Per Ray Given's website:

Edible figs are divided into three classes:
1. Caducous (or Smyrna) figs which need pollination to set crops. Examples are Marabout, Calimyrna (or Sari
Lop), and Zidi.
2. Persistent (or Common) figs which do not need pollination to set crops. These are the kind home gardeners
most commonly grow. Examples are Black Mission, Brown Turkey, Celeste, Brunswick and Adriatic.
3. Intermediate Group (or San Pedro) figs which do not need pollination to set a breba crop, but do need it for
the main crop (in some environments). Examples are King, Lampeira, and (of course) San Pedro.

Using a persistent caprifig as the pollen parent will yield a progeny consisting of roughly 25% each of
caducous caprifigs, persistent caprifigs, caducous edible figs and persistent edible figs

Using a caducous caprifig as the pollen parent will yield a progeny of roughly 50% caducous caprifigs,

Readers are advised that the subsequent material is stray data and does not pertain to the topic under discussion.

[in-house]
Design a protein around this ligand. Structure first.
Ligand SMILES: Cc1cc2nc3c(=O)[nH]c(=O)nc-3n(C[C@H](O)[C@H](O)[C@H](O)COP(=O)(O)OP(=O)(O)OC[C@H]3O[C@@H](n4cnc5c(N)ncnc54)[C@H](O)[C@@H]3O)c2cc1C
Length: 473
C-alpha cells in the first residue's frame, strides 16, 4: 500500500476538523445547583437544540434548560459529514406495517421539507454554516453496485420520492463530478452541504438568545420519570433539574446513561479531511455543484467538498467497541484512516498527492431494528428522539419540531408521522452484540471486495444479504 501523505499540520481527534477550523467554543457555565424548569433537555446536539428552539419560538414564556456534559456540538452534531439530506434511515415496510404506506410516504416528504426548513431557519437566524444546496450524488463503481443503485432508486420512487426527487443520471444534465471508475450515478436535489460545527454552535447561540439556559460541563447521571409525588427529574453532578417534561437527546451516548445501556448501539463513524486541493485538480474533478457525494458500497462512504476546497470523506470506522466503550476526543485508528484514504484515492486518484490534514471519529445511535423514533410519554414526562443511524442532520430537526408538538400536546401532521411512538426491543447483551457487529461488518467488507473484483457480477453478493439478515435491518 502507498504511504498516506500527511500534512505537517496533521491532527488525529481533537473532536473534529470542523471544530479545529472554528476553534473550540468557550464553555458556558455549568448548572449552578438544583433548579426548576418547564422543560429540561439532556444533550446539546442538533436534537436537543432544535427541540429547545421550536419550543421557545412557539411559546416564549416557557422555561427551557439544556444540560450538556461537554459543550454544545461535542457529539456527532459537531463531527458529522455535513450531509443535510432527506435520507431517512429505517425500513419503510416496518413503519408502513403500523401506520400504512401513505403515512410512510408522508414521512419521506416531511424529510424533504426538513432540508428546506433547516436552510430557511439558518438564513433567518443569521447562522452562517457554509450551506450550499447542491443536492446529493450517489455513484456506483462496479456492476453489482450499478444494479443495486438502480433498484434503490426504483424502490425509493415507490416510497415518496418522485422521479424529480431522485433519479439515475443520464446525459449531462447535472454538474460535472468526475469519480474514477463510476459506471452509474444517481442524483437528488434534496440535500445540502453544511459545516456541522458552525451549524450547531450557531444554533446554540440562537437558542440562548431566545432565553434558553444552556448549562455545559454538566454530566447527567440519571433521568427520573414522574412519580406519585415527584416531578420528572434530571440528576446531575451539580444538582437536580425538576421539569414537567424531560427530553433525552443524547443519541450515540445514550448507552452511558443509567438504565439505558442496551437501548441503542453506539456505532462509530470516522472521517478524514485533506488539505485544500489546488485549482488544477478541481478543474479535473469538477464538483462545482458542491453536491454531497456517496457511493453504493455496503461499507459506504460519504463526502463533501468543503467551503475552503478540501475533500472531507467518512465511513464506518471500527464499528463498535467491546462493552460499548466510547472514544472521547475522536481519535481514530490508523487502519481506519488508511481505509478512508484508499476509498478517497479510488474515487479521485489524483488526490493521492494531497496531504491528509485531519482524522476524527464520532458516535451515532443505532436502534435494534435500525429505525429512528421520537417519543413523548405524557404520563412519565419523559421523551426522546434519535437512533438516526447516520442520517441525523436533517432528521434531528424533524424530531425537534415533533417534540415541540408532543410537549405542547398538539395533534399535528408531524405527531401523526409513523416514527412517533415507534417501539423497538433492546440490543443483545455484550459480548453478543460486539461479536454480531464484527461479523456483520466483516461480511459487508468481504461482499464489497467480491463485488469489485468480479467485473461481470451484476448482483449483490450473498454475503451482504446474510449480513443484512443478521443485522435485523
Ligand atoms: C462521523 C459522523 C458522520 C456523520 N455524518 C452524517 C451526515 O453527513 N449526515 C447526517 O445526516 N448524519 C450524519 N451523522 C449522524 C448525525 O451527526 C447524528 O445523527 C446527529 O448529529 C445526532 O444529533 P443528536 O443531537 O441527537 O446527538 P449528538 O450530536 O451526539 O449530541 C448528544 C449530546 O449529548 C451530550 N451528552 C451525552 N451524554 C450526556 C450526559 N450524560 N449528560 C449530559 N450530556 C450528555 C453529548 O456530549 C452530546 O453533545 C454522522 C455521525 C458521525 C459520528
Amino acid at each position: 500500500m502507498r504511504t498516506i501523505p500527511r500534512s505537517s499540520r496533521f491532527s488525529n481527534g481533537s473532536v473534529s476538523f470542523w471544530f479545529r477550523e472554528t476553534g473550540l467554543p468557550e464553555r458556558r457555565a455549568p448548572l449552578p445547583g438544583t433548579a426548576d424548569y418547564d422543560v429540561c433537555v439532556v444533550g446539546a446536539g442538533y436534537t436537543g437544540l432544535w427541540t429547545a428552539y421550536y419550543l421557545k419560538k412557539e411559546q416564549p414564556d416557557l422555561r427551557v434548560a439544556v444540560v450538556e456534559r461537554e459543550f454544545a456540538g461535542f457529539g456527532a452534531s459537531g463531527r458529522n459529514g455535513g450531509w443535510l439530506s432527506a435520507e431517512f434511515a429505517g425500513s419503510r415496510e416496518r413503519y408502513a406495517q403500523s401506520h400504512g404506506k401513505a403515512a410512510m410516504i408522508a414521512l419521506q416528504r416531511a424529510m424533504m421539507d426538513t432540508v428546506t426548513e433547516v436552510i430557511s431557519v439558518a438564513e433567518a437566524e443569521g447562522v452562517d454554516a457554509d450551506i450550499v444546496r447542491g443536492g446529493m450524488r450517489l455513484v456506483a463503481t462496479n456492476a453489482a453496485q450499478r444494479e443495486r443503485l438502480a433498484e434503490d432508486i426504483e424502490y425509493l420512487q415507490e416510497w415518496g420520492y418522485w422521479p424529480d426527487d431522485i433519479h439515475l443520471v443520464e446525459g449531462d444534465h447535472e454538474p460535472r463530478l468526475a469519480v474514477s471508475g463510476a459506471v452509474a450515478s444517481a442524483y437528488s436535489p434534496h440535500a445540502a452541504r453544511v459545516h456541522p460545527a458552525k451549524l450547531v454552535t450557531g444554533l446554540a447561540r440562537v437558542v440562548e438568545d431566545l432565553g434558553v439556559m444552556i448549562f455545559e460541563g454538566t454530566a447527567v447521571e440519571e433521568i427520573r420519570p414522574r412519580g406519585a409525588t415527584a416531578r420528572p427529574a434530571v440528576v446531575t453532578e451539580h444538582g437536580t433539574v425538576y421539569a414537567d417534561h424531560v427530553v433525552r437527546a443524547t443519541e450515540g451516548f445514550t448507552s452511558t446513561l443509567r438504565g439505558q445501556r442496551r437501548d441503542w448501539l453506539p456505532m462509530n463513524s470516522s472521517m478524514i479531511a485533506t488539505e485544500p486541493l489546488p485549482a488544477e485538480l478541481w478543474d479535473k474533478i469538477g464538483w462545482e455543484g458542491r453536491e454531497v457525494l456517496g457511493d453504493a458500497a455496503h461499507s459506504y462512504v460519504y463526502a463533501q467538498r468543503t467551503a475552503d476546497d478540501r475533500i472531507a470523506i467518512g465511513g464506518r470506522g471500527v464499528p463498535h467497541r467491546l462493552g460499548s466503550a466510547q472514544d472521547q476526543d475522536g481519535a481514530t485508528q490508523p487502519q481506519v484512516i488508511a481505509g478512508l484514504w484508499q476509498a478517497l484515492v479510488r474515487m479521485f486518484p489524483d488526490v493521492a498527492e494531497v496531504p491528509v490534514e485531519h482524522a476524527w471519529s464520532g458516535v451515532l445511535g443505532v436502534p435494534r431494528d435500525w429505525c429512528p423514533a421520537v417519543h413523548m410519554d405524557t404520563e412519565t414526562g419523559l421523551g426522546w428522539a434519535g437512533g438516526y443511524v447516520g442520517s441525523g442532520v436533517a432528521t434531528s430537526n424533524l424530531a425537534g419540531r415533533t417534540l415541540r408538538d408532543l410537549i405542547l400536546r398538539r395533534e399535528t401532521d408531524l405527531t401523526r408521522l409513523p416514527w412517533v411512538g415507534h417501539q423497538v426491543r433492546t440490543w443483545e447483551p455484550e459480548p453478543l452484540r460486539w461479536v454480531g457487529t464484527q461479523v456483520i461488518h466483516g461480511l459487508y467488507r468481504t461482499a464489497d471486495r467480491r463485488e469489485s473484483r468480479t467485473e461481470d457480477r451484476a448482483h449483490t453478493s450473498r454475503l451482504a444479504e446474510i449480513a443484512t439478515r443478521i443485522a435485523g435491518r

50% caducous edible figs and 0% persistent caprifigs and edible figs.


__________________
Sue
Zone 9B, 1946'
Ramona, CA
San Diego County
hoosierbanana

Avatar / Picture

Registered:
Posts: 2,295
Reply with quote  #5 
Nice work Gina, it could turn out to be a great Daddy someday. I would pick some figs and put them in a jar to see if any wasps are present.
__________________
7a, DE "While you were hanging yourself on someone else's words. Dying to believe in what you heard. I was staring straight into the shining sun"
BLB

Avatar / Picture

Registered:
Posts: 2,934
Reply with quote  #6 
That is a very cool find, nice work!!
Gina

Avatar / Picture

Registered:
Posts: 2,252
Reply with quote  #7